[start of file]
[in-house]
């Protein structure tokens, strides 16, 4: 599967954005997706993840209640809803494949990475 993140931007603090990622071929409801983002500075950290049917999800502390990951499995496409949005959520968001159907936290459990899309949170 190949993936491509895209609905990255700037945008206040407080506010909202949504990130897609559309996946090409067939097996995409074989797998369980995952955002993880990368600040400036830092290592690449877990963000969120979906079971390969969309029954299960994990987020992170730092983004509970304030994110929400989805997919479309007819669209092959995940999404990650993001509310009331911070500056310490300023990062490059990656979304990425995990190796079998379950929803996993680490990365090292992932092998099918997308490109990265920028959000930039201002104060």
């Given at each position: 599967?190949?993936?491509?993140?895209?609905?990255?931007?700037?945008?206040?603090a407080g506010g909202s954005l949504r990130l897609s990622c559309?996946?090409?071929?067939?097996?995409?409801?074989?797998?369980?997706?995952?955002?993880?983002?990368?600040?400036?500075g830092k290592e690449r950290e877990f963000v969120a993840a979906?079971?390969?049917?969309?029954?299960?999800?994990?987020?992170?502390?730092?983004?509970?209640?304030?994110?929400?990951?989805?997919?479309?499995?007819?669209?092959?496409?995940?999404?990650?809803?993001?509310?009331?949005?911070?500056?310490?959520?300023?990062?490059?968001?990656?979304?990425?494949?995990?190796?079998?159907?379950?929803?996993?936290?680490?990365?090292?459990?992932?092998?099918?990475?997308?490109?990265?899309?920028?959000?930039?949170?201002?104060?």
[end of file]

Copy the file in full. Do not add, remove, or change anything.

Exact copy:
[in-house]
């Protein structure tokens, strides 16, 4: 599967954005997706993840209640809803494949990475 993140931007603090990622071929409801983002500075950290049917999800502390990951499995496409949005959520968001159907936290459990899309949170 190949993936491509895209609905990255700037945008206040407080506010909202949504990130897609559309996946090409067939097996995409074989797998369980995952955002993880990368600040400036830092290592690449877990963000969120979906079971390969969309029954299960994990987020992170730092983004509970304030994110929400989805997919479309007819669209092959995940999404990650993001509310009331911070500056310490300023990062490059990656979304990425995990190796079998379950929803996993680490990365090292992932092998099918997308490109990265920028959000930039201002104060």
């Given at each position: 599967?190949?993936?491509?993140?895209?609905?990255?931007?700037?945008?206040?603090a407080g506010g909202s954005l949504r990130l897609s990622c559309?996946?090409?071929?067939?097996?995409?409801?074989?797998?369980?997706?995952?955002?993880?983002?990368?600040?400036?500075g830092k290592e690449r950290e877990f963000v969120a993840a979906?079971?390969?049917?969309?029954?299960?999800?994990?987020?992170?502390?730092?983004?509970?209640?304030?994110?929400?990951?989805?997919?479309?499995?007819?669209?092959?496409?995940?999404?990650?809803?993001?509310?009331?949005?911070?500056?310490?959520?300023?990062?490059?968001?990656?979304?990425?494949?995990?190796?079998?159907?379950?929803?996993?936290?680490?990365?090292?459990?992932?092998?099918?990475?997308?490109?990265?899309?920028?959000?930039?949170?201002?104060?």